Finding Free Audiobooks Online

Decorative: Headphones embracing seven books

 

A. Why Include or Link to Audiobook Versions of Your Texts?

One way to increase student reading and/or "text participation" (as well as text comprehension) is to provide linked or embedded audiobook versions of assigned texts, whether for read-a-loud or read-along purposes.

  • Listening to the text as they read can help students understand the text more deeply as well as learn how to pronounce key words, names, places, and terms.
  • Audio versions are a great help for reluctant readers, students facing reading or visual challenges, and students who simply feel overwhelmed by the printed word. 
  • Any text available in pdf (including many textbooks, most academic articles, etc.) can easily be read in multiple voices and multiple languages in Voice Dream Reader ("Read With Your Ears").
  • But, free online resources make "audible" not only the "great books" but also a wide range of (largely) out-of-copyright, extra-canonical texts (the social sciences and humanities are particularly well-represented). 
  • Most of these sites also have apps for downloadable, on-the-go listening.

B. Sites to Search

1. Librivox - 15,000+ audiobooks, 50+ languages, human-read

Goal: "To make all books in the public domain available, for free, in audio format on the internet."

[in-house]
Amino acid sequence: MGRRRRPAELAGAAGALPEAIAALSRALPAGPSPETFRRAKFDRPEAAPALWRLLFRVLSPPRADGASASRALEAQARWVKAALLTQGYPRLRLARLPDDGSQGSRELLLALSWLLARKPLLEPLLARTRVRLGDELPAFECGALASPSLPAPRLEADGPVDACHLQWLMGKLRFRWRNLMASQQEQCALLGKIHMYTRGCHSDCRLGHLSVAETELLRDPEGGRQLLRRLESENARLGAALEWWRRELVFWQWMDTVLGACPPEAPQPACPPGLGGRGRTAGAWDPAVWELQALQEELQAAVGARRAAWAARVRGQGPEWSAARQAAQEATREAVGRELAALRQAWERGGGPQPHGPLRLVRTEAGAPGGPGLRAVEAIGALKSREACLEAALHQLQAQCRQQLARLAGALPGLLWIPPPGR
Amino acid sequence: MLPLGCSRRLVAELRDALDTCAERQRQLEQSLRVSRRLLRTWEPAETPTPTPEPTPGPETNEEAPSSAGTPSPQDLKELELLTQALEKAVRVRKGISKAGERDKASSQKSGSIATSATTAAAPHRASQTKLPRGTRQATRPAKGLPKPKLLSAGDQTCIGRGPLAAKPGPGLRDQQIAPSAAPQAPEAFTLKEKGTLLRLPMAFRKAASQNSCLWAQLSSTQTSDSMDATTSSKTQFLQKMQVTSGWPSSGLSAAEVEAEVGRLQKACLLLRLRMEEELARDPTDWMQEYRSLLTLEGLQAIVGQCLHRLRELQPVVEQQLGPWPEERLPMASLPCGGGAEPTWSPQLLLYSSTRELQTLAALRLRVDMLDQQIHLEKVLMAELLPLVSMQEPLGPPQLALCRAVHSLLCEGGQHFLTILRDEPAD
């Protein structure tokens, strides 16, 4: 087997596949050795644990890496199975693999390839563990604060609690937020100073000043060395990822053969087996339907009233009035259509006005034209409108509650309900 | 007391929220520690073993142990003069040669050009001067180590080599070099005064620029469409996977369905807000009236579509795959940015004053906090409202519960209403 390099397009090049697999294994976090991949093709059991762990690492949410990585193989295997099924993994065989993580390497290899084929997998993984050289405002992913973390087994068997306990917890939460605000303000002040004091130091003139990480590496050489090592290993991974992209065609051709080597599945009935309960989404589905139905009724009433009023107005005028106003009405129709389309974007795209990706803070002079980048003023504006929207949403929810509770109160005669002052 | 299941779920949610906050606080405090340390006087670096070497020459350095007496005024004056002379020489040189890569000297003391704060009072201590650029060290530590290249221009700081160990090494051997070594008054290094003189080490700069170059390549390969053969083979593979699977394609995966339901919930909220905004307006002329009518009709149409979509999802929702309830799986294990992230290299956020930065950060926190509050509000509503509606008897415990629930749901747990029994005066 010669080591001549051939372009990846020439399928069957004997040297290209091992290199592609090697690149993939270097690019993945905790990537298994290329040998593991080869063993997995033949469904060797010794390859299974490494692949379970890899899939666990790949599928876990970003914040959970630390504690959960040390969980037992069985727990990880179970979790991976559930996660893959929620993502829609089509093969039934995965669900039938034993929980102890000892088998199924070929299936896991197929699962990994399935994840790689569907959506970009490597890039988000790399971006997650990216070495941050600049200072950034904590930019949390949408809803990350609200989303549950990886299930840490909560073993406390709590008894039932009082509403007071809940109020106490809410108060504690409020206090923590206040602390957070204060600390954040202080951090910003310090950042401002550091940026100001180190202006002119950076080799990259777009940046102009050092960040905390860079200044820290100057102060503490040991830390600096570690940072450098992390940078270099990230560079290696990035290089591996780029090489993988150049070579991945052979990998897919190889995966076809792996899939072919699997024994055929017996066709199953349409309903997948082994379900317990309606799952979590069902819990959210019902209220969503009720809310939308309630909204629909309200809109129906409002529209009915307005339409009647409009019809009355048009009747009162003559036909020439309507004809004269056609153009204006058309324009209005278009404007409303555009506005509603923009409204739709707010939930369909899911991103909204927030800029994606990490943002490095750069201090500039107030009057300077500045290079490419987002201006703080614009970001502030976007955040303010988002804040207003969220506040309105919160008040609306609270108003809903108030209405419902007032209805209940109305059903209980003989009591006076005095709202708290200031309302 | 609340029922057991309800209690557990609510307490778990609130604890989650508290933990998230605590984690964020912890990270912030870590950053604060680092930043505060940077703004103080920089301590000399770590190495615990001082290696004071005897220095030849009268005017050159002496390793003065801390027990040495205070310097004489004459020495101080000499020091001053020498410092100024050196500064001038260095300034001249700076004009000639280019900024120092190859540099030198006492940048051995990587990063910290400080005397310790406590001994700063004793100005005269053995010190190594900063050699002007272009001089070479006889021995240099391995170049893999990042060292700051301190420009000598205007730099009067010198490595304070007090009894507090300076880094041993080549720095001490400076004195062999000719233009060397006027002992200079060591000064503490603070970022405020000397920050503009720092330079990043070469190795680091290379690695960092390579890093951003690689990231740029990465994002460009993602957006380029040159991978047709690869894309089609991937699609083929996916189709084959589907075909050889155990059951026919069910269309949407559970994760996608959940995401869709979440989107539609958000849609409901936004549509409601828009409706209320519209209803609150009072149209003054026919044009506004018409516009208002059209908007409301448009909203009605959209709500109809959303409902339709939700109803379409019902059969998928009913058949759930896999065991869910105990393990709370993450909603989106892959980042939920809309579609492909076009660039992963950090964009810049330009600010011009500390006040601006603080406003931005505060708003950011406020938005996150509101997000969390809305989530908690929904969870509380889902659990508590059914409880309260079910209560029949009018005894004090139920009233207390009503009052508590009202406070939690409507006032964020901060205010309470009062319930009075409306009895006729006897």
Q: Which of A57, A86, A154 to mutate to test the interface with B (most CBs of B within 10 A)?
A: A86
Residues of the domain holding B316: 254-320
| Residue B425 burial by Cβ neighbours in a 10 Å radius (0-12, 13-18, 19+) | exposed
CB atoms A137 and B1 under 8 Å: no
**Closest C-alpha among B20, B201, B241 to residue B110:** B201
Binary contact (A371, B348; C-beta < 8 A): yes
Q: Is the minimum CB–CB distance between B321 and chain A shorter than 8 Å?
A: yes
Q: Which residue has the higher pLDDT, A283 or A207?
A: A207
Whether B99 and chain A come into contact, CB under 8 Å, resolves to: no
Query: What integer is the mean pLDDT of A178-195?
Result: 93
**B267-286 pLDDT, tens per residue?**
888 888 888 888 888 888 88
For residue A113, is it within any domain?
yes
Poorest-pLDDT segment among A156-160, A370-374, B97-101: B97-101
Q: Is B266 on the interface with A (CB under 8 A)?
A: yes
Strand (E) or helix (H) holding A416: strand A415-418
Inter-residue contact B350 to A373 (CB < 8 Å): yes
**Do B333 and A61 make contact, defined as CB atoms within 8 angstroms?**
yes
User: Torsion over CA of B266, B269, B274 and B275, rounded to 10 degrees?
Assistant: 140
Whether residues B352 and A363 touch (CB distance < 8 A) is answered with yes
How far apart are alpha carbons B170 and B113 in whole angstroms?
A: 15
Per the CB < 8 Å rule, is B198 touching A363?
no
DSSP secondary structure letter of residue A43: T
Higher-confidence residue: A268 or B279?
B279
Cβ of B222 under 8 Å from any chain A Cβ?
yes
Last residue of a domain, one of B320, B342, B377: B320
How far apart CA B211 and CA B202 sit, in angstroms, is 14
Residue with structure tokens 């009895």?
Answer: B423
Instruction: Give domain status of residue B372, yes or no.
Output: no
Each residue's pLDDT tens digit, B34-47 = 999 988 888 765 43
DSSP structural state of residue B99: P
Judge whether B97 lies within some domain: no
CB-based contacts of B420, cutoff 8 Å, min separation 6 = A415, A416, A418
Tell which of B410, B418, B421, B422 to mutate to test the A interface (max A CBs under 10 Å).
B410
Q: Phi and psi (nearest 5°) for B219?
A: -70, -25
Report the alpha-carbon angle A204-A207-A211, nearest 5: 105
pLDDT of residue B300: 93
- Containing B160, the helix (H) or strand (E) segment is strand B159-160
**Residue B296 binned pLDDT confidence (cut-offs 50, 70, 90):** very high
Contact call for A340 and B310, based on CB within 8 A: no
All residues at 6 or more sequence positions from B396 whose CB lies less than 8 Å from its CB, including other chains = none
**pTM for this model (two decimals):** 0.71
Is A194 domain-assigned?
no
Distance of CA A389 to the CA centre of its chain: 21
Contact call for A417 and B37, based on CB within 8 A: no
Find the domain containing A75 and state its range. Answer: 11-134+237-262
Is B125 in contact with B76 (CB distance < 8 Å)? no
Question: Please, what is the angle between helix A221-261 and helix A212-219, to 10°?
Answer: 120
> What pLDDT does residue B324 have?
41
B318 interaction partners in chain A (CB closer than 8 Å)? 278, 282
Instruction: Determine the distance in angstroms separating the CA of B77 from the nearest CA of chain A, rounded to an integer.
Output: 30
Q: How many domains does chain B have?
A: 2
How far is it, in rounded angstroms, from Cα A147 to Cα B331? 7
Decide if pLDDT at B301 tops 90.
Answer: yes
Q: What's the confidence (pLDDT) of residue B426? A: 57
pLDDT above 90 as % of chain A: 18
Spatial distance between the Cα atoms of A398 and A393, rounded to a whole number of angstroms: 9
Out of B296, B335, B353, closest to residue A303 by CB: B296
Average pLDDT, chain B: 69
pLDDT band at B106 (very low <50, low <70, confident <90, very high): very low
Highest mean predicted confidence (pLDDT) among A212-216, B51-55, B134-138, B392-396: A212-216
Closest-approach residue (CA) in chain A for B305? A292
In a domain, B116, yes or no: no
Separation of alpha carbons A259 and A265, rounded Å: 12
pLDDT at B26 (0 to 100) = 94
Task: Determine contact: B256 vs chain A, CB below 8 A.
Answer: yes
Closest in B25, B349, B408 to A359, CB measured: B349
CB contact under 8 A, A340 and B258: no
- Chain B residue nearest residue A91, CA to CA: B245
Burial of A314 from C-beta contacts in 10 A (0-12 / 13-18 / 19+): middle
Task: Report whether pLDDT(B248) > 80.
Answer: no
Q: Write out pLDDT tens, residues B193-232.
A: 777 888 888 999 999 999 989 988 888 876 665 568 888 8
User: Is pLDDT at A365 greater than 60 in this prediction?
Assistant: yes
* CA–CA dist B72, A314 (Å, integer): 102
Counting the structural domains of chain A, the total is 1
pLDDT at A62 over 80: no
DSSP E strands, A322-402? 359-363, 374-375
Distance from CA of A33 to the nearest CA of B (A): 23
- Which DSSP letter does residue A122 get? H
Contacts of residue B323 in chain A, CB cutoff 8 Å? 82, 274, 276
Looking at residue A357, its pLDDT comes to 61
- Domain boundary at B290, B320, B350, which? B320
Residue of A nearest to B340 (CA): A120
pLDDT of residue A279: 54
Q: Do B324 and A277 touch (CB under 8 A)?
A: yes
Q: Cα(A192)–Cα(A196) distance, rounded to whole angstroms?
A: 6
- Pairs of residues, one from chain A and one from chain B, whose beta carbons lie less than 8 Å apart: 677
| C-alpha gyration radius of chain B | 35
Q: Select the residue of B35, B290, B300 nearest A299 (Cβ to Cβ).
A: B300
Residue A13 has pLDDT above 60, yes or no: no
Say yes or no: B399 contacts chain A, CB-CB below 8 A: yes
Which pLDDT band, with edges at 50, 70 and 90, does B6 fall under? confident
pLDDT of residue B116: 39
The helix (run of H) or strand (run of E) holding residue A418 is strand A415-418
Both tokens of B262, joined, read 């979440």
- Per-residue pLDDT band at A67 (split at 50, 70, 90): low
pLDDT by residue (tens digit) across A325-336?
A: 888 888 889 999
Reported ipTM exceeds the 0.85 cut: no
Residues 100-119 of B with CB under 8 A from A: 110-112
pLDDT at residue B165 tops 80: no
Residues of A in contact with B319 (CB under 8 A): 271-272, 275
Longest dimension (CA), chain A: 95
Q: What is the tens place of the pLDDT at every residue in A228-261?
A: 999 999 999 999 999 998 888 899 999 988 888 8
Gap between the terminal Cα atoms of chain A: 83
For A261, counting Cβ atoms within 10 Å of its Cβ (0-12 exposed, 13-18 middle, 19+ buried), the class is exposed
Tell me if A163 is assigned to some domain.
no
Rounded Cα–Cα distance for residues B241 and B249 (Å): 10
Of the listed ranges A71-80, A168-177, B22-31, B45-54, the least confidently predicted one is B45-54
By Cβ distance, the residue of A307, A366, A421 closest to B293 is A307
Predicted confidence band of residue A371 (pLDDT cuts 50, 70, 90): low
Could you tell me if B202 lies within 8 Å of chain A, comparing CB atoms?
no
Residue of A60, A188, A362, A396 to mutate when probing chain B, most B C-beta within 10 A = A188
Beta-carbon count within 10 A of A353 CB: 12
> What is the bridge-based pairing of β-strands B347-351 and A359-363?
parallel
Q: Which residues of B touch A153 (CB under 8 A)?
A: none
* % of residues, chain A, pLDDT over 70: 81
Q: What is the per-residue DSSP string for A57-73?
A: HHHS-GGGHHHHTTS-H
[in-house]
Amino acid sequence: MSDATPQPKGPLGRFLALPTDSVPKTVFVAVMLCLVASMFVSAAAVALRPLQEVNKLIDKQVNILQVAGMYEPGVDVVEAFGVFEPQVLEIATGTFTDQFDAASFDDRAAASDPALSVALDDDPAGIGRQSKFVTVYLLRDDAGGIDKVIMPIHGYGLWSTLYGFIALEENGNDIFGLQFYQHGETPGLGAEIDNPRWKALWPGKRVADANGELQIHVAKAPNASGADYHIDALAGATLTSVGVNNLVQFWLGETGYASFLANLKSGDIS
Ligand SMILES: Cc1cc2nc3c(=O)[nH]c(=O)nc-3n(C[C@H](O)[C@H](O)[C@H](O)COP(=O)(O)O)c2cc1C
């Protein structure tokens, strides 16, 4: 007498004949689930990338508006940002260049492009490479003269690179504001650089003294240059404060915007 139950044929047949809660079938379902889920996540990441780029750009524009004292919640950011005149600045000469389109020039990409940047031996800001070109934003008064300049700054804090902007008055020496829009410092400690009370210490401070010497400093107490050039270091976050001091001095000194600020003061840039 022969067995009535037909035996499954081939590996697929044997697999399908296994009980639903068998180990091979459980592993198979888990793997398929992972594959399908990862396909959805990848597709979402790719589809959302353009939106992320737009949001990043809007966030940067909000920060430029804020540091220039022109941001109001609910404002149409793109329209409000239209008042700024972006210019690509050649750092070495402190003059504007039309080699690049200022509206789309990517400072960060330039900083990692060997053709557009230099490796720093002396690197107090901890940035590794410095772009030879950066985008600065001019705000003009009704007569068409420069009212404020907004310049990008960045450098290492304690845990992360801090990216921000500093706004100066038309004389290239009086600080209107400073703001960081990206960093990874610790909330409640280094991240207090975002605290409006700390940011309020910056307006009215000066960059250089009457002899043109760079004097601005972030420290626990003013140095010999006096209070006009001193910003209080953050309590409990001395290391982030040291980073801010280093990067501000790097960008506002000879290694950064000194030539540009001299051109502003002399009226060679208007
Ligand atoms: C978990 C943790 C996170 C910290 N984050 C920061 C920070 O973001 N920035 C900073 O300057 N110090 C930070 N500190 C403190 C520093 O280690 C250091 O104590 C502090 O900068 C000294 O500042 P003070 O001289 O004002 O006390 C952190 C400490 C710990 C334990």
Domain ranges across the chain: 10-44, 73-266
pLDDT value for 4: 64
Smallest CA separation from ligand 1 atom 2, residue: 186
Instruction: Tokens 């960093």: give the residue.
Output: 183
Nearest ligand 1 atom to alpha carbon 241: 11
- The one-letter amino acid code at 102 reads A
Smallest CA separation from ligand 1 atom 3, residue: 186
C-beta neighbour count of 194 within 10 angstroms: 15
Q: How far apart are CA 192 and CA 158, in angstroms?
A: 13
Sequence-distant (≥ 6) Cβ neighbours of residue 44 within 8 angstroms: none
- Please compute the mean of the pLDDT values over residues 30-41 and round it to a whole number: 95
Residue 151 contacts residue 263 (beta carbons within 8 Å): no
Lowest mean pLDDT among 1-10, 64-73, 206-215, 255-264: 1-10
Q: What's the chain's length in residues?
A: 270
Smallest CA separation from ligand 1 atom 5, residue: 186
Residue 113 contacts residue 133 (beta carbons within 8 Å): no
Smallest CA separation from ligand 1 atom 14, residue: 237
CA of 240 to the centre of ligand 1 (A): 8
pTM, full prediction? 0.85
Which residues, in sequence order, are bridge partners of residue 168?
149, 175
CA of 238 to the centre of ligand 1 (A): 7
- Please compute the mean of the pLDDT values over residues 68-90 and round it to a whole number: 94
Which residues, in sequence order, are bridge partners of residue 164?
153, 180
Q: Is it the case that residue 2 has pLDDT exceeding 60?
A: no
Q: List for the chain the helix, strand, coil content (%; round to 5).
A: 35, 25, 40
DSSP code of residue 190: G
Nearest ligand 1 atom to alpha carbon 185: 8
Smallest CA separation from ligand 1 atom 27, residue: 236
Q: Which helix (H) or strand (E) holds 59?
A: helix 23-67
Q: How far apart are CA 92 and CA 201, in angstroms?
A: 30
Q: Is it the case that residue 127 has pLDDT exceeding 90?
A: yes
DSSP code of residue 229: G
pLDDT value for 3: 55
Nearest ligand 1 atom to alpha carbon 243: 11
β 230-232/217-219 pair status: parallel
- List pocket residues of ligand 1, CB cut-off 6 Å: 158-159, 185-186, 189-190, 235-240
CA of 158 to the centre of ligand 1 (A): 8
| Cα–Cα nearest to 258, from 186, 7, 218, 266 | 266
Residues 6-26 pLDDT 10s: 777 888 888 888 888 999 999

• "[N]on-commercial, non-profit and ad-free project"
  • "[D]onates its recordings to the public domain"
  • "[P]owered by volunteers"
  • "[W]elcomes all volunteers from across the globe, in all languages"

2. Project Gutenberg - 56,000+ audiobooks; many human-read, other computer-generated 

  • "[A] wikipedia style site that has even more audiobooks from the public domain to offer than Librivox ... the collection is bigger and they support more international and regional languages."
  • "While the site is primarily available in English, you can also find some audiobooks in other languages like French, Chinese, Swedish, and even some regional languages."

3. Internet Archive 

  • "[A] library of audiobooks ... from a variety of sources, including the Naropa Poetics Audio Archive, LibriVox, Project Gutenberg, Maria Lectrix, Internet Archive users, and more"

4. Open Culture 

  • 900+ "free audiobooks, mostly classics" for download

5. DigitalBook.io (was Librophile)

  • "[O]ver 5,000 free audio books ... listen online, open in a podcast app, or download audio books to your PC"
  • [S]earch by title, author or genre and then listen online, open as podcast, send to Kindle [or Kindle app] or download"

6. LoyalBooks (was BookShouldBeFree)

  • [F]ree audio books in multiple genres and languages ... mostly classical literature and very well organized with reviews and a small preview." 

  • "[C]heck out the Top 100, drill through the genres, or use the Google search at the top to get the free audio book for download ... in mp3 and iTunes format."

7. ThoughtAudio

  • "[F]ree audio books for a selection of classic literature and philosophy titles" for streaming or download

  • "Click a title to access the audio and pdf document.

8. Lit2Go

  • "[A] free online collection of stories and poems in Mp3 (audiobook) format."

  • "An abstract, citation, playing time, and word count are given for each of the passages."

  • "Each reading passage can also be downloaded as a PDF and printed for use as a read-along or as supplemental reading material for your classroom."

9.  Overdrive (and/or Libby) - "provide[s] audiobooks that are available in your local public library"

  • "The library is free to use and the collection is huge."
  • "[F]ind and borrow new audiobooks at Overdrive if they are available in your public library."
  • "All you need an ID card of your local public library that works with Overdrive."
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